It’s World Turtle Day – Come See the Turtles at Cheekwood

It's World Turtle Day - Come See the Turtles at Cheekwood

Published: May 19, 2021

Sunday, May 23 is World Turtle Day!  Did you know that Cheekwood is home to live turtles in the Bracken Foundation Children’s Garden? In its second year, Cheekwood’s turtle program and its sanctuary now have a population of 21 turtles and encompasses both the Children’s Garden habitat and four, behind-the-scenes quarantine tanks. Thirteen of the program’s turtles are in the garden and the remaining few in quarantine will be joining the large display group by June.

We have designed both the temporary quarantine area and the main habitat with lots of room for swimming, basking, brumation (hibernation) and most importantly eating. Our current turtle population consists mainly of turtles from troubled homes where they were unable to grow and thrive. Through a collaborative effort with Ectotherm Exhibit Technologies, the Tennessee Wildlife Resource and United States Fish and Wildlife, Cheekwood obtained permits that allow native turtles to live here under our care.

Twenty-one turtles are a lot of turtles living together in a habitat, particularly with a group as diverse as ours. Our collection has most of the semi-aquatic turtle types that you are likely to see floating in a Tennessee river or pond. Wild water turtles in Tennessee consist mainly of “sliders and snappers” but you may also see Painted, Map or even False Map turtles. With the exception of the snapping turtles, we have all the others including two types of sliders (Red-eared and Yellow-bellied), Western Painted turtles, Map and False Map and finally, the Spiny Softshell turtle. Our lone softshell still has some growing to do before he can move out to the habitat as he was confiscated newly hatched!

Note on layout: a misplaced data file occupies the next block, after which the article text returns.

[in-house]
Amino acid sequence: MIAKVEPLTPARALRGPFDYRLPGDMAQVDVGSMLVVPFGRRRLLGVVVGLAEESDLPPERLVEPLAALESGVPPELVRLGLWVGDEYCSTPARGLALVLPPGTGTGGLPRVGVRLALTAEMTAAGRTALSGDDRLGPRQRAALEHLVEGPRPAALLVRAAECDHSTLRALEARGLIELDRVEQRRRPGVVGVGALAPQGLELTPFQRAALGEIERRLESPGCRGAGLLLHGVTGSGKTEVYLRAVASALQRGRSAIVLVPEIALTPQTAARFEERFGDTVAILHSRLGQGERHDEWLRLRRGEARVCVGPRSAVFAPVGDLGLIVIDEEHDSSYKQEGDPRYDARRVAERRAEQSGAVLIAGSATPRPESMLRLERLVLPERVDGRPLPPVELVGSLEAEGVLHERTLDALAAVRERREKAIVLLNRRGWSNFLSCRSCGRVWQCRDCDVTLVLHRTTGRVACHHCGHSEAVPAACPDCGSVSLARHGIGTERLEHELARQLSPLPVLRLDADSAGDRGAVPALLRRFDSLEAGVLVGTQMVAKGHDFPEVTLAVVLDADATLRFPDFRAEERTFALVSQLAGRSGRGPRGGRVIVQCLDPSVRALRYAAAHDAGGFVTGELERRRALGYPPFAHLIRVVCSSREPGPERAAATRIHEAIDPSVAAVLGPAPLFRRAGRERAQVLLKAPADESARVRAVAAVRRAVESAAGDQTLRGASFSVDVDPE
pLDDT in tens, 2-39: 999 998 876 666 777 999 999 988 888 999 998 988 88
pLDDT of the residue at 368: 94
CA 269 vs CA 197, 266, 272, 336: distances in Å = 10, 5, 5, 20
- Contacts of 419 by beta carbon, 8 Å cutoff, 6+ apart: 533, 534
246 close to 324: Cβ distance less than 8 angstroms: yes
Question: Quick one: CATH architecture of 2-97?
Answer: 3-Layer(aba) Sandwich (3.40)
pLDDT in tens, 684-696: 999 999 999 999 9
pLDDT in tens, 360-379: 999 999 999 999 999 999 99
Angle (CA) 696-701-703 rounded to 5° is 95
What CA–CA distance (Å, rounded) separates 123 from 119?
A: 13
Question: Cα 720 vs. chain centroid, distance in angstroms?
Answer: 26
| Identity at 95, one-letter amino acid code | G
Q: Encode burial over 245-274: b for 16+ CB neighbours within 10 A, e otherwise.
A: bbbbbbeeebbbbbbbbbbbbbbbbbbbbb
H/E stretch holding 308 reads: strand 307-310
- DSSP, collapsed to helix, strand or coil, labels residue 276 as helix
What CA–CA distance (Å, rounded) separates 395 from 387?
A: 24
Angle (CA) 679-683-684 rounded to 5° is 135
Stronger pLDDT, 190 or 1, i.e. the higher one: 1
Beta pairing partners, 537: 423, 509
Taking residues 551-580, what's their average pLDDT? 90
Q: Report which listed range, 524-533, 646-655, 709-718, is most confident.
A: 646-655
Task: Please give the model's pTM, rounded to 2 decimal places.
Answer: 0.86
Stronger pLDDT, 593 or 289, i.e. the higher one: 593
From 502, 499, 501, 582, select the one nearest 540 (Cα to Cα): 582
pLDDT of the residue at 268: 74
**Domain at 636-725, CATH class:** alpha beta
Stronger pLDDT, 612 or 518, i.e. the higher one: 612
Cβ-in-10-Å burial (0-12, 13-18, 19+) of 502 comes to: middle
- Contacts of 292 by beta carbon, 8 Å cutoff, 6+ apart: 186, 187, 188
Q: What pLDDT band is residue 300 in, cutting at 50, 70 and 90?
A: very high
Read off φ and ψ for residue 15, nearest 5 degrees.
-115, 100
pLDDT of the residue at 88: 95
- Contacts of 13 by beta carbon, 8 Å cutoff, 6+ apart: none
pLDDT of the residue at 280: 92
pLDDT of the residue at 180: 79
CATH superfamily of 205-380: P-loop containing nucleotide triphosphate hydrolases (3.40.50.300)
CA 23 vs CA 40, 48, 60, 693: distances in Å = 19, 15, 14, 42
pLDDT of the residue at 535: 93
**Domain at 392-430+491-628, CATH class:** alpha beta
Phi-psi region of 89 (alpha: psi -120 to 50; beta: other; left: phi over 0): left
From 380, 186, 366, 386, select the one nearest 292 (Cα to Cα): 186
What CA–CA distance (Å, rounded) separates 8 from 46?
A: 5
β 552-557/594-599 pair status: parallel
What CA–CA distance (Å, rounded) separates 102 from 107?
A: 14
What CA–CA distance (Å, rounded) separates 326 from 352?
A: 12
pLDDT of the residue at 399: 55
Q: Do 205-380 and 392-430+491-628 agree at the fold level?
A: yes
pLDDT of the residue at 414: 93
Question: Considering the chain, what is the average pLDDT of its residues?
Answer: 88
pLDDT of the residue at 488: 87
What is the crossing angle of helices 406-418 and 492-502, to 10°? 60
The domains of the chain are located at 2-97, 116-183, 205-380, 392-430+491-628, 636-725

The visual characteristics of different turtle species can vary a lot. The descriptors in turtle names can help with identification. For example, the yellow-bellied slider has a lot of long yellow stripes on their legs, neck, and head. Females and males of all our types of turtles have specific physical characteristics. Male turtles generally have elongated nails on their front feet, a longer and wider tail and are usually smaller than females. Our turtles at Cheekwood all have microchips, much like your pet at home, so we can tell one from another.

Turtles are cold-blooded, like other reptiles, and require lots of sun and you are more than likely to see everybody crowded onto logs and on the banks of their habitat. Stop by the Children’s Garden next time you visit us, and you might find a gardener feeding or cleaning Cheekwood’s newest residents. Ask us a question about our turtles, plants in bloom, upcoming events or anything Cheekwood!


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